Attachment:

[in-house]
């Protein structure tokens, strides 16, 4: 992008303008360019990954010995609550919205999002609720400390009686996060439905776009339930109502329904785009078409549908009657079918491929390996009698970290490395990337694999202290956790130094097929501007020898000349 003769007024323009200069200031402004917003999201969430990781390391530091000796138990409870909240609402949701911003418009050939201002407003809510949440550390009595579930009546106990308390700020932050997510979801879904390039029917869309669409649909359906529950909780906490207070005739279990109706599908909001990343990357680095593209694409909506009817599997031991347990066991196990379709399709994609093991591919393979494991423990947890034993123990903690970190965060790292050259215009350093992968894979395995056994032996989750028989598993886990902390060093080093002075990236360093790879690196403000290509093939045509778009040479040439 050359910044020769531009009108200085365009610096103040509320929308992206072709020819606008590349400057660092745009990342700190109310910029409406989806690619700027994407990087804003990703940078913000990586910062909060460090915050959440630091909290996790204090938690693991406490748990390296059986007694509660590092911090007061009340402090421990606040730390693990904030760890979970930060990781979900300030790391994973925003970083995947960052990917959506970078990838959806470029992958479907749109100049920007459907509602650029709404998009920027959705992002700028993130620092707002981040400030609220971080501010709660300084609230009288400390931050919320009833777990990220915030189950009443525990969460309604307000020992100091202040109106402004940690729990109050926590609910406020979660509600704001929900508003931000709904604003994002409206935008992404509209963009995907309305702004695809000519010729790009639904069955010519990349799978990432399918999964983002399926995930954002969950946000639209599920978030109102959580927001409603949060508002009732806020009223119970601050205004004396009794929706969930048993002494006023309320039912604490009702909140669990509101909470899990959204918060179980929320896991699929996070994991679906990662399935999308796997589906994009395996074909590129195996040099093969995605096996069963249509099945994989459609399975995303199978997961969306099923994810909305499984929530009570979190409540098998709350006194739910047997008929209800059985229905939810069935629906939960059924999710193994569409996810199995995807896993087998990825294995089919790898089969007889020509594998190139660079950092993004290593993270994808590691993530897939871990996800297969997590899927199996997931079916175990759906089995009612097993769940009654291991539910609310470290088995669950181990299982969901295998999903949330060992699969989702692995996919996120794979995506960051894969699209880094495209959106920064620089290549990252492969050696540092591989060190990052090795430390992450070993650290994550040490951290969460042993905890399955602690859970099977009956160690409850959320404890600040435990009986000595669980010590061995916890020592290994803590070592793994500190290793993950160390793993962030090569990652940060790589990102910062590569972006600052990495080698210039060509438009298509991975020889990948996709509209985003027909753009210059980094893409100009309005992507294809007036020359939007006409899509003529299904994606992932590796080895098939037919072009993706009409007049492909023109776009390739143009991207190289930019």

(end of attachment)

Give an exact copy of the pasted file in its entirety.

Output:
[in-house]
């Protein structure tokens, strides 16, 4: 992008303008360019990954010995609550919205999002609720400390009686996060439905776009339930109502329904785009078409549908009657079918491929390996009698970290490395990337694999202290956790130094097929501007020898000349 003769007024323009200069200031402004917003999201969430990781390391530091000796138990409870909240609402949701911003418009050939201002407003809510949440550390009595579930009546106990308390700020932050997510979801879904390039029917869309669409649909359906529950909780906490207070005739279990109706599908909001990343990357680095593209694409909506009817599997031991347990066991196990379709399709994609093991591919393979494991423990947890034993123990903690970190965060790292050259215009350093992968894979395995056994032996989750028989598993886990902390060093080093002075990236360093790879690196403000290509093939045509778009040479040439 050359910044020769531009009108200085365009610096103040509320929308992206072709020819606008590349400057660092745009990342700190109310910029409406989806690619700027994407990087804003990703940078913000990586910062909060460090915050959440630091909290996790204090938690693991406490748990390296059986007694509660590092911090007061009340402090421990606040730390693990904030760890979970930060990781979900300030790391994973925003970083995947960052990917959506970078990838959806470029992958479907749109100049920007459907509602650029709404998009920027959705992002700028993130620092707002981040400030609220971080501010709660300084609230009288400390931050919320009833777990990220915030189950009443525990969460309604307000020992100091202040109106402004940690729990109050926590609910406020979660509600704001929900508003931000709904604003994002409206935008992404509209963009995907309305702004695809000519010729790009639904069955010519990349799978990432399918999964983002399926995930954002969950946000639209599920978030109102959580927001409603949060508002009732806020009223119970601050205004004396009794929706969930048993002494006023309320039912604490009702909140669990509101909470899990959204918060179980929320896991699929996070994991679906990662399935999308796997589906994009395996074909590129195996040099093969995605096996069963249509099945994989459609399975995303199978997961969306099923994810909305499984929530009570979190409540098998709350006194739910047997008929209800059985229905939810069935629906939960059924999710193994569409996810199995995807896993087998990825294995089919790898089969007889020509594998190139660079950092993004290593993270994808590691993530897939871990996800297969997590899927199996997931079916175990759906089995009612097993769940009654291991539910609310470290088995669950181990299982969901295998999903949330060992699969989702692995996919996120794979995506960051894969699209880094495209959106920064620089290549990252492969050696540092591989060190990052090795430390992450070993650290994550040490951290969460042993905890399955602690859970099977009956160690409850959320404890600040435990009986000595669980010590061995916890020592290994803590070592793994500190290793993950160390793993962030090569990652940060790589990102910062590569972006600052990495080698210039060509438009298509991975020889990948996709509209985003027909753009210059980094893409100009309005992507294809007036020359939007006409899509003529299904994606992932590796080895098939037919072009993706009409007049492909023109776009390739143009991207190289930019």